In our continued journey through The Story, my fellow church members and I have often found ourselves in the midst of a Biblical story, discovering that application truly abounds for our individuals lives. This was true in our recent reading about the Israelites as they wandered in the desert.
There was a great deal of discontent and complaining going on in that desert wilderness, and the Israelites began to consider what they had left behind in Egypt. On several occasions, they expressed their desire to just go back to Egypt; for even though they had come out of slavery and great oppression, there was food aplenty and all of their needs were met.
At first, it was hard for me to understand why the Israelites would want to go back into bondage rather than continue on their quest to the Promised Land. But Pastor Tim’s explanation helped me conceptualize what was taking place in their minds and hearts. You see, the Israelites were thinking of a time when their bellies were full and their families had everything they needed at their fingertips. Yes, they were slaves, but in many ways, life was predictable, and dare I say it— comfortable.
Pastor Tim made the connection to our lives today. Sometimes, we find ourselves in an uncomfortable situation in which we are wandering in the proverbial wilderness. God might be taking us down a road we don’t expect and our surroundings are unfamiliar. Nothing makes sense and we can’t see the promise that awaits us at the end of the journey. This period of waiting and uncertainty can often be dark and lonely as we try to understand how God is working in our lives. Although we might comprehend that God has better things in store for us on the horizon, we almost wish we could just return to the way things were instead of wallowing in the uncomfortable and in-between.
Such a time for me occurred between 2009 and 2011. I was working through my courses in graduate school while battling illness, and I just couldn’t understand how God could possibly be working in my life. I was tired, my voice was weak, and often I couldn’t find the energy to do the very thing I had thought God had called me to do. I knew God had given me a voice to sing, but when breathlessness stole my vocal control and each job interview concluded without an offer for a position, I began to give up on the dream.
It was just too hard! Was it even worth the effort to keep trying when nothing seemed to come to fruition? On a few occasions, I thought about quitting school to just go back to the familiar. Writing books and performing my music didn’t make much money, but it was fun and fulfilling; I longed to just go back to those days where life was simple and I knew where to go and what to do next. This period of illness and uncertainty was difficult to understand, for I couldn’t see the end result of God’s plan for my life.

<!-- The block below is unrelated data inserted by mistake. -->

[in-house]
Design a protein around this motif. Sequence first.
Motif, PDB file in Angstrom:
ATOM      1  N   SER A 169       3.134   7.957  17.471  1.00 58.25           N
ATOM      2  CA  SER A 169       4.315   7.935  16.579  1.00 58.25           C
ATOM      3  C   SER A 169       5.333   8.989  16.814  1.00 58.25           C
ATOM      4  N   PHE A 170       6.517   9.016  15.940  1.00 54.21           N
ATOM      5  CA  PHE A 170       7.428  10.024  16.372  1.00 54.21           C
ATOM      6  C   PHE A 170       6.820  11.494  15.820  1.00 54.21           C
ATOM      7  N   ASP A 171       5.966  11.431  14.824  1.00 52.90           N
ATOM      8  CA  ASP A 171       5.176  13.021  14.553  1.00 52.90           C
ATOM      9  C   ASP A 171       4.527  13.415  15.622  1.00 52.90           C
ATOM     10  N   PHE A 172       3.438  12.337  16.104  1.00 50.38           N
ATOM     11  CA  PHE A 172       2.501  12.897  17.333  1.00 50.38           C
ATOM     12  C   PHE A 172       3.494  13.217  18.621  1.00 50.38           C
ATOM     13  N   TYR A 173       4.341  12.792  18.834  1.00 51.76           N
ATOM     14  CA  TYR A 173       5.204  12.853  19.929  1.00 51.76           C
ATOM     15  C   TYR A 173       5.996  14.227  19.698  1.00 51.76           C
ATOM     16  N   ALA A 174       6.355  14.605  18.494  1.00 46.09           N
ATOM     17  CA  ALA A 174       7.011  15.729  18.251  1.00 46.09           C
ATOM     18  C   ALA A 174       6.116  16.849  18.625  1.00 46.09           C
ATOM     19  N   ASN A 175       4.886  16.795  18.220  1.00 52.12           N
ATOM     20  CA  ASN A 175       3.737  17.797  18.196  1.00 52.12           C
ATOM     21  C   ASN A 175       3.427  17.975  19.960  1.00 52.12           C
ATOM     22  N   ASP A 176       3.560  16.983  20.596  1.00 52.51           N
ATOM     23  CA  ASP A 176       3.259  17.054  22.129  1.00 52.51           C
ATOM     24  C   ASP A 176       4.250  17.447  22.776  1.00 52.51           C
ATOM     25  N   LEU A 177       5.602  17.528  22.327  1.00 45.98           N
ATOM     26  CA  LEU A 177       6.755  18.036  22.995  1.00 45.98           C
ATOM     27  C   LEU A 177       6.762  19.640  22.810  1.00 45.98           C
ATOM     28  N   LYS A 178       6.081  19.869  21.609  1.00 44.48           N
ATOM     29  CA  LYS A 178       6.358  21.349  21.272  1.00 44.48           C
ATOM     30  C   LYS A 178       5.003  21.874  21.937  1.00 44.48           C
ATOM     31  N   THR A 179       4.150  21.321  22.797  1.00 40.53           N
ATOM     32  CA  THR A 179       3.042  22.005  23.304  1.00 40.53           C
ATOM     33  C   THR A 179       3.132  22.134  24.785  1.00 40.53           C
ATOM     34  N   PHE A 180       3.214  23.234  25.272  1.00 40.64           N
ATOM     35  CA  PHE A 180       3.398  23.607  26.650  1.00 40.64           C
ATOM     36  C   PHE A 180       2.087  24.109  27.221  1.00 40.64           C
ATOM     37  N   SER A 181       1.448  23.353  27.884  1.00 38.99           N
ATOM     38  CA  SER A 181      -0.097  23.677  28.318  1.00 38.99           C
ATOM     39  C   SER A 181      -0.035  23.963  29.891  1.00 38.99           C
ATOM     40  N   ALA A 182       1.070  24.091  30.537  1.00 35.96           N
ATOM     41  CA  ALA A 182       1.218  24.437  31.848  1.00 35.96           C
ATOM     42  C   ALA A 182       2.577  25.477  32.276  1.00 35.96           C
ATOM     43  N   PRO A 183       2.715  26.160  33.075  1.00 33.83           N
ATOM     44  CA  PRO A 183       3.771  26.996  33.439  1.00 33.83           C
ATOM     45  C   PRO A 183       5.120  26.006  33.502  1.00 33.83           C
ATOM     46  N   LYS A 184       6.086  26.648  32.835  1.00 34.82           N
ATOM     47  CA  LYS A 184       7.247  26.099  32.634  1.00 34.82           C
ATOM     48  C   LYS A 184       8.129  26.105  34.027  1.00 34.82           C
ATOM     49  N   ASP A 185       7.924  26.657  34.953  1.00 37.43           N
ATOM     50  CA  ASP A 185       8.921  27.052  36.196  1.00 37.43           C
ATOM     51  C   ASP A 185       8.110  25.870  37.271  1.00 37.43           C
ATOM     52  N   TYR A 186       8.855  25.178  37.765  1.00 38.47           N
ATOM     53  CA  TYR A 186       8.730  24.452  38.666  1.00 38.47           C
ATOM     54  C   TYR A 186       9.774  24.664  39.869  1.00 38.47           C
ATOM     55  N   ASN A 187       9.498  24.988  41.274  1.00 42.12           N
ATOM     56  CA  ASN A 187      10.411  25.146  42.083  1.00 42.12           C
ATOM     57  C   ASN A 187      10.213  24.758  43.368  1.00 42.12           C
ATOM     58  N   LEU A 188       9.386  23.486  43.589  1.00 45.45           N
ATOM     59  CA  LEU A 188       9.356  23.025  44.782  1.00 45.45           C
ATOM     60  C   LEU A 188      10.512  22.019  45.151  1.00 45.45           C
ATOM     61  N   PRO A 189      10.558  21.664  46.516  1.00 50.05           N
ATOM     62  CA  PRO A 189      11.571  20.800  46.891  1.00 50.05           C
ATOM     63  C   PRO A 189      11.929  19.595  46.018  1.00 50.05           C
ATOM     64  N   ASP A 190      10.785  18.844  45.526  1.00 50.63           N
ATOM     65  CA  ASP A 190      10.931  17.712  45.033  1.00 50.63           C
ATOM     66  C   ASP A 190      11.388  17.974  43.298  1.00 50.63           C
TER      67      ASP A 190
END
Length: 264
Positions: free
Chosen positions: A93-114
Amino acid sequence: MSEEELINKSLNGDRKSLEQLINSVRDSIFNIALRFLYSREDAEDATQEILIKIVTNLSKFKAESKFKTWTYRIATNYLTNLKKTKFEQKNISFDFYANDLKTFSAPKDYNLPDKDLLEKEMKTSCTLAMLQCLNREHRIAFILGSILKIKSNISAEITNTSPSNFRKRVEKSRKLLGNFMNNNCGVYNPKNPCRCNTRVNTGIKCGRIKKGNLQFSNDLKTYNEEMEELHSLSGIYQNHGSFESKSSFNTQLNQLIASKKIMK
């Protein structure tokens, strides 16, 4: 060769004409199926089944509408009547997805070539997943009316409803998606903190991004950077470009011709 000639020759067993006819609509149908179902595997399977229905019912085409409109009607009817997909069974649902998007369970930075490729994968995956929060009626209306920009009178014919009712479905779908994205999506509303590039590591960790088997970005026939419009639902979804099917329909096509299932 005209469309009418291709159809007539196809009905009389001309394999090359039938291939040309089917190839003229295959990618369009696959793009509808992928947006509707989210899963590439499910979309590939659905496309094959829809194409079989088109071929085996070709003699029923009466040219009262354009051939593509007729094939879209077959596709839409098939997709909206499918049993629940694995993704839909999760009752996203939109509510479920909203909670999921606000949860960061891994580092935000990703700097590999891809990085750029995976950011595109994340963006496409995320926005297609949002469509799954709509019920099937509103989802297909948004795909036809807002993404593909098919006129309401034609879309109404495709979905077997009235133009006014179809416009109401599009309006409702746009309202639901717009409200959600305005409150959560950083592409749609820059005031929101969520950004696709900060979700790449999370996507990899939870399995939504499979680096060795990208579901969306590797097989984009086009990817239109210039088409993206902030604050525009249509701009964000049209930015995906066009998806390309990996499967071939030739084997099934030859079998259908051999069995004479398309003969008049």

It wasn’t until late in 2011 that I began to comprehend my next steps in the journey. I truly believe He had been setting aside FRC as my place of service, and everything fell into place faster than I could have ever hoped to dream. For the first time, I found a sense of purpose in the work I completed. Instead of performing my own music, I was leading God’s people in worship, and I couldn’t imagine doing anything else. The future glittered with promise, and to this day, I am excited for everything that is on the horizon.
It saddens me to think where I would have been today if I would have given up on graduate school and God’s greater plan for my life. I wouldn’t have the honor and privilege of working with the wonderful people at FRC and learning from them each and every week. My time in the proverbial wilderness was different from that of the Israelites, but as Pastor Tim pointed out, perhaps God has a similar purpose for bringing His people through a time of wandering. There are certain things that we have to relinquish before we can truly take hold of the Promised Land. For me, I had to let go of my own goals and dreams; perfectionism and self-motivation had a hold on me, and it wasn’t until I placed these idols in His hands that I could finally move forward.
I still struggle with perfectionism and somehow thinking I can accomplish anything if I put my mind and heart into it. It is a good trait to have if you are on deadline and need that extra push to get something done, but in many ways, it’s a harmful mindset to have in place. Often when I’m planning the music for a worship service, I struggle to “let go.” There are many musicians in our church who would be perfectly capable to provide special music or lead in praise and worship, but when I look at the song selections I find myself just wanting to play or sing them myself. I know I can depend on myself and my ability to come through when needed; I can’t always say the same for others’ dependability, and I don’t want to relinquish control over the situation.
But the truth is, I need to let others in— to let others do the work and find the sweetness of participating in worship through community. It’s been a long journey for me just trying to set aside these idols of self-motivated expectation and give the control back to God where it belongs. Perhaps this is the Egypt that God is seeking to drain out of me, much like He was seeking to accomplish with the Israelites as they wandered in the desert thousands of years ago.
Perhaps there is an “Egypt” or an idol for you that must be relinquished before you can reach the Promised Land. Ask God for the help and strength to let it go and cling to Him in the time of wilderness wandering. I promise you that the journey is well worth it!